search the archive
search the archive
UPDATE: Theorizing the 'First Wave' Gobally (3/10/06; MLA '06)
full name / name of organization:
Theorizing feminisms globally, from late 19th to mid 20th centuries, emphasizing sexuality and class, interrogating Western periodization (‘first wave’). Abstracts by March 10, 2006 to Pamela Caughie (pcaughi_at_luc.edu) and Kanika Batra (kanikabat_at_yahoo.com).
Although the Western periodization of the feminist movement into the first, second, and third wave is not directly applicable to postcolonial locations, this can be a convenient (albeit schematic and necessarily provisional) means of analyzing the shift in concerns articulated by women in these nations. Toril Moi provides a useful summation of Euro-American feminist concerns based on Julia Kristeva’s essay “Women’s Time.” Schematizing Kristeva’s framework Moi mentions a three- tiered historical and political framework: first, a liberal feminist stage in which women demand equal access to the symbolic order; second, the radical feminist stage when women reject the male symbolic order in the name of difference; and the third stage, which is also Kristeva’s own position, marked by women’s rejection of the dichotomy between masculine and feminine as metaphysical.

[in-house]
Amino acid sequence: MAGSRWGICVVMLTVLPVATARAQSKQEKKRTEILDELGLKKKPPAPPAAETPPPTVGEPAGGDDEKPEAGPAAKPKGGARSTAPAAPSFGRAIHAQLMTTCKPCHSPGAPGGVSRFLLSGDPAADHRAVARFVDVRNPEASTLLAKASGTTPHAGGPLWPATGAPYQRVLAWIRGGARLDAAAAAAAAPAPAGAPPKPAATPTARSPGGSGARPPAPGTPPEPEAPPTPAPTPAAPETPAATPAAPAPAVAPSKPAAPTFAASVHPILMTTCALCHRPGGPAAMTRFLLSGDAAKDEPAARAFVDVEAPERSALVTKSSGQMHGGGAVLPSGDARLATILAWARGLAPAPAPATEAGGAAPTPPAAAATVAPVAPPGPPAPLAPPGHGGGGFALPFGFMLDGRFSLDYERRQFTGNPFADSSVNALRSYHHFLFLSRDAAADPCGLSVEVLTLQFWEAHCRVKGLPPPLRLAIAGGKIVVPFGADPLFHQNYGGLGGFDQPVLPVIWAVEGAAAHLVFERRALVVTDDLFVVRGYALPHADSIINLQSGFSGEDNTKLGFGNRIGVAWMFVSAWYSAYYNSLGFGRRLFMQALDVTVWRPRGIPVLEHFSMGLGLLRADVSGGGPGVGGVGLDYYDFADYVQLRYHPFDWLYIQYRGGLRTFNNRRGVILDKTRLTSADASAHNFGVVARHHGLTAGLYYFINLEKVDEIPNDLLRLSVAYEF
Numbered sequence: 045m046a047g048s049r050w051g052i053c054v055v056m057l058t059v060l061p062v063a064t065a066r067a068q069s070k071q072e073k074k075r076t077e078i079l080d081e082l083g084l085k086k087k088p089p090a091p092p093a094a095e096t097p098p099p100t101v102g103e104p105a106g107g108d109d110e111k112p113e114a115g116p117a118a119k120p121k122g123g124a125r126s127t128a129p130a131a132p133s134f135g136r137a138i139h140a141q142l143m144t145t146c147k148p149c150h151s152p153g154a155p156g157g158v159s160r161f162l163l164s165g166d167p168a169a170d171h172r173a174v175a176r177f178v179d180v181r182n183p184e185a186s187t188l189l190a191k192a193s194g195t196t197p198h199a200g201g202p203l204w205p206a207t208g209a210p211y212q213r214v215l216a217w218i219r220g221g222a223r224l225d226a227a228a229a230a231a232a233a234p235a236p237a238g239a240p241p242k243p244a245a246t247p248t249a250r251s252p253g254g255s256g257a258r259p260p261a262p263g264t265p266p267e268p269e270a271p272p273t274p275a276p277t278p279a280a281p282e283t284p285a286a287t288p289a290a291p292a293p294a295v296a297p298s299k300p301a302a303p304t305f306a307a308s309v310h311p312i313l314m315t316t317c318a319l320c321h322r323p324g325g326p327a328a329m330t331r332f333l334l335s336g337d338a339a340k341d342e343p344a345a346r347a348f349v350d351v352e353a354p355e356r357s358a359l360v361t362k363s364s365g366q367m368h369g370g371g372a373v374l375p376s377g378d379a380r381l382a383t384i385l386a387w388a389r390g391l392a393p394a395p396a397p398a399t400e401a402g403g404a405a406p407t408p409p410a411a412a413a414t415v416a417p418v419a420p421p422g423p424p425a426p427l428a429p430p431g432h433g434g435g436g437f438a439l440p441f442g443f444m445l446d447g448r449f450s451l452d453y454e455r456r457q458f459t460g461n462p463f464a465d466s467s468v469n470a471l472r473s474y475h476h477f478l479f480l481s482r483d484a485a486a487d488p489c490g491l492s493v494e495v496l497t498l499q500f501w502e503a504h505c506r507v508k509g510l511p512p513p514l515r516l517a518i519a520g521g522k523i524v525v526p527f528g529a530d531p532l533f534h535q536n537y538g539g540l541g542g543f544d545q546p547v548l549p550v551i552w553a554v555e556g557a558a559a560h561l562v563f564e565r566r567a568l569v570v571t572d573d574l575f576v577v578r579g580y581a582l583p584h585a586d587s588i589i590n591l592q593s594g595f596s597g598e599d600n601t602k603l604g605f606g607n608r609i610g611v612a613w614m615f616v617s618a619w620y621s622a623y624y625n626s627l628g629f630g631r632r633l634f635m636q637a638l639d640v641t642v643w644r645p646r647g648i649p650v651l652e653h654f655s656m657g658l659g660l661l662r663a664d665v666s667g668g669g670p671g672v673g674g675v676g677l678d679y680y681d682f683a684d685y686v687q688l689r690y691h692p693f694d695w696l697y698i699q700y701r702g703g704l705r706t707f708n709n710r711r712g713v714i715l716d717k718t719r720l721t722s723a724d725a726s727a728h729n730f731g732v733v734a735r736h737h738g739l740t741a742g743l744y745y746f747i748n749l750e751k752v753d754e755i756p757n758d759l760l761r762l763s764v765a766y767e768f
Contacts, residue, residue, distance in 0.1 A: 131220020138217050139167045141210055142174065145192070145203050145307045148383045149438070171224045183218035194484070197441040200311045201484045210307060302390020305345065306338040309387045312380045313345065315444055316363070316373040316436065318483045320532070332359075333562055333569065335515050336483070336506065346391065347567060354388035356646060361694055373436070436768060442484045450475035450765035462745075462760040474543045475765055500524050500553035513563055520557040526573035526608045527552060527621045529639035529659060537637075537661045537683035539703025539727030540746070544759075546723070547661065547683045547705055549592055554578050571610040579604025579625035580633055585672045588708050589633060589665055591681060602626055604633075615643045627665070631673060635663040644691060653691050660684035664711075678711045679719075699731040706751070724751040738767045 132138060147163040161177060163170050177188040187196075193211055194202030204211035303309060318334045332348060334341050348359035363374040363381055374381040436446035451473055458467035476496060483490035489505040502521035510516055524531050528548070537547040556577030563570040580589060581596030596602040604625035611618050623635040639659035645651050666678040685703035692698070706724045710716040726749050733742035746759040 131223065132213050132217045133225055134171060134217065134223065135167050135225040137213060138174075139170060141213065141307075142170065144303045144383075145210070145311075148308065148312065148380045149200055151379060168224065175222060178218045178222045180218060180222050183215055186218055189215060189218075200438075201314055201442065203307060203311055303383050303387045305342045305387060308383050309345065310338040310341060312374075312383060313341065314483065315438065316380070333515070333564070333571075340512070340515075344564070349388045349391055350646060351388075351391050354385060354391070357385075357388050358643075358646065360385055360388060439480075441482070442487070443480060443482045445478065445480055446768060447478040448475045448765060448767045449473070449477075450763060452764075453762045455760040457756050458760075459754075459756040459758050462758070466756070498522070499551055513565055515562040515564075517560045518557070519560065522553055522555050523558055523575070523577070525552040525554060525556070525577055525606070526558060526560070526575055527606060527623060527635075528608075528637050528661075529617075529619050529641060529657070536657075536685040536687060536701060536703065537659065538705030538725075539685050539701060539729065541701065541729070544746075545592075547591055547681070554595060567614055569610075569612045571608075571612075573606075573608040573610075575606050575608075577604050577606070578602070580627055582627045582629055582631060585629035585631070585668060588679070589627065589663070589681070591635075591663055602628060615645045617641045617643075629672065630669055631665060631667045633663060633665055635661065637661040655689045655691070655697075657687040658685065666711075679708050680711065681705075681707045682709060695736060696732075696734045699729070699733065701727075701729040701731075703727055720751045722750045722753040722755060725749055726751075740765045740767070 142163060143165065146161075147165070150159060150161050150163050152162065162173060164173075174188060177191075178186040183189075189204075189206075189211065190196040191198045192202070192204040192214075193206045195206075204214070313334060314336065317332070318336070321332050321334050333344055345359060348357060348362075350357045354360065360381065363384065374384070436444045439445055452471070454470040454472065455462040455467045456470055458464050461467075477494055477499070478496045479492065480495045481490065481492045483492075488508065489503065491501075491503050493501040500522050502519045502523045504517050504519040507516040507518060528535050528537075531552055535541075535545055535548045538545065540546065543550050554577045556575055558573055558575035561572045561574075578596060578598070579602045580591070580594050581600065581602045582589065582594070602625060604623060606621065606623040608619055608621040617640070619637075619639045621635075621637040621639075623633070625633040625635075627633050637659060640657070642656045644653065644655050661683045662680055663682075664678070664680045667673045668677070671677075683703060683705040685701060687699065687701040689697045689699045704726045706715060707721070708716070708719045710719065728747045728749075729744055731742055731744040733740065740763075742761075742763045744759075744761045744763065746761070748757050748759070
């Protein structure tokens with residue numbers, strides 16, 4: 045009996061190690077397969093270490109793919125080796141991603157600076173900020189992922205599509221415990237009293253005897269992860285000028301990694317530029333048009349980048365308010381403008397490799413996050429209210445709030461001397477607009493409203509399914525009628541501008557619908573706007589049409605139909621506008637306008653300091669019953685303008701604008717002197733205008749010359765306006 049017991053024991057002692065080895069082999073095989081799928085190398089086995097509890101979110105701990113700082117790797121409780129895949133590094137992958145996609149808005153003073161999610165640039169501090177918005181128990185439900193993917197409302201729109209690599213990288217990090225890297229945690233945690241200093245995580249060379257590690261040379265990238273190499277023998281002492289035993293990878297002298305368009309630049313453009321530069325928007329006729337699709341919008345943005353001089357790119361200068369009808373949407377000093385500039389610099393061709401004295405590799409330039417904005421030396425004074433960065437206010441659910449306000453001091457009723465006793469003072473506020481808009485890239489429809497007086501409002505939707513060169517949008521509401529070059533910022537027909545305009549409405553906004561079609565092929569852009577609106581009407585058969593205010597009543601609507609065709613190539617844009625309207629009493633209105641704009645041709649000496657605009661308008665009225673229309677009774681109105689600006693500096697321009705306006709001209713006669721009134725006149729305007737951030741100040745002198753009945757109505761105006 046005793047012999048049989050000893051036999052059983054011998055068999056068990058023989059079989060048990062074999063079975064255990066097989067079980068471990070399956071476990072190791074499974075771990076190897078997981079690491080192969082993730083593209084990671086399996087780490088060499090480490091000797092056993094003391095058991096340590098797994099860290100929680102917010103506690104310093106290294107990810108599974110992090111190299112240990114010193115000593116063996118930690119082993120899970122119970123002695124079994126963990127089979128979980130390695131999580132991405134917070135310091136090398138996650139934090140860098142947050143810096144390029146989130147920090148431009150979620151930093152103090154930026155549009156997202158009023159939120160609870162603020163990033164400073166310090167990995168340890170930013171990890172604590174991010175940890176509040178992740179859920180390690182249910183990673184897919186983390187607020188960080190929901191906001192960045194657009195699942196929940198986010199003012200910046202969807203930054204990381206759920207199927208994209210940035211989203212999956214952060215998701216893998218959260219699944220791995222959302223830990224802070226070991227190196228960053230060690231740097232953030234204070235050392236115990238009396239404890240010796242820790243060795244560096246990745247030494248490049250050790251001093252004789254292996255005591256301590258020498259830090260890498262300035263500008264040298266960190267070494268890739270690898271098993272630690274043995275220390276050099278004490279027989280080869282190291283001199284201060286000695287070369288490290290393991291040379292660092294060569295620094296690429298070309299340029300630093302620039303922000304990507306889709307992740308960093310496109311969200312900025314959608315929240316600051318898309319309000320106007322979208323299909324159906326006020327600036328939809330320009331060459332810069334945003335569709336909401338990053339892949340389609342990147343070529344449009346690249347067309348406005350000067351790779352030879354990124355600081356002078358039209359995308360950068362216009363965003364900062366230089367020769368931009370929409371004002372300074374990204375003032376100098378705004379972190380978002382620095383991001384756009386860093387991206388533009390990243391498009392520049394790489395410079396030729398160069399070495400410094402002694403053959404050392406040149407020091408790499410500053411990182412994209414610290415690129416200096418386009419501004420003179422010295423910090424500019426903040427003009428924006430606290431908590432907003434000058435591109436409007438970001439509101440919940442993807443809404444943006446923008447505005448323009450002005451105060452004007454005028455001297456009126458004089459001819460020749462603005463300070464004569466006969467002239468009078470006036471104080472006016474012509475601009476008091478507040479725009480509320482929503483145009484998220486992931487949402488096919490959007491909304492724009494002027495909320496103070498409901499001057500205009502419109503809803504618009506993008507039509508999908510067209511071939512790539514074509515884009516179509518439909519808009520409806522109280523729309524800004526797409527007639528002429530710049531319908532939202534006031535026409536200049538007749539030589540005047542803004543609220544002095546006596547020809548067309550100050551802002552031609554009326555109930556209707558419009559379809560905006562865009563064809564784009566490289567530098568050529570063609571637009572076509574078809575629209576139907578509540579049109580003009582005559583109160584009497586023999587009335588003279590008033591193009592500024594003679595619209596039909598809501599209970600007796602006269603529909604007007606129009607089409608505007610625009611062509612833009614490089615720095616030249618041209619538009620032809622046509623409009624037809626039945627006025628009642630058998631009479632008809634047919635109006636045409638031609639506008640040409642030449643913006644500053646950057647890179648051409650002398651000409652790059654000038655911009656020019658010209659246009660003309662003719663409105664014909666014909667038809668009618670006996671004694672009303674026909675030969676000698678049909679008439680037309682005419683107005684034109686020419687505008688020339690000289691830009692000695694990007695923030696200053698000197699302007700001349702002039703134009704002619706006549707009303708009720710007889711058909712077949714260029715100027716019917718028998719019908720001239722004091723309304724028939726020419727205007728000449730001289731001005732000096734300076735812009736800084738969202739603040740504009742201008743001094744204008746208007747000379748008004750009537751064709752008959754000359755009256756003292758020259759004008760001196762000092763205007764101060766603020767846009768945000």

The first phase of the women’s movement in non-Western, especially postcolonial contexts, is roughly coterminous with the first wave. It is connected to women’s participation in the anti-colonial nationalist movement from the late nineteenth century to the 1930s. During this period women modeled their plans for gender equity on Western feminists’ demands for electoral, educational, and employment rights adapted to an indigenous program of social reform in the public sphere as well as a re-assessment of gender and sexual mores in the private sphere.
We invite papers for a special session proposed on this topic for the 2006 MLA conference in Philadelphia. Though this panel will discuss feminisms in a global framework, we are especially interested in papers that interrogate the applicability or otherwise of Western periodization to women’s movements in Africa, Asia, and the Caribbean by highlighting sexuality and class concerns.
Please send 500 word abstracts by March 10th 2006 to Professor Pamela Caughie (pcaughi_at_luc.edu) or Kanika Batra (kanikabat_at_luc.edu).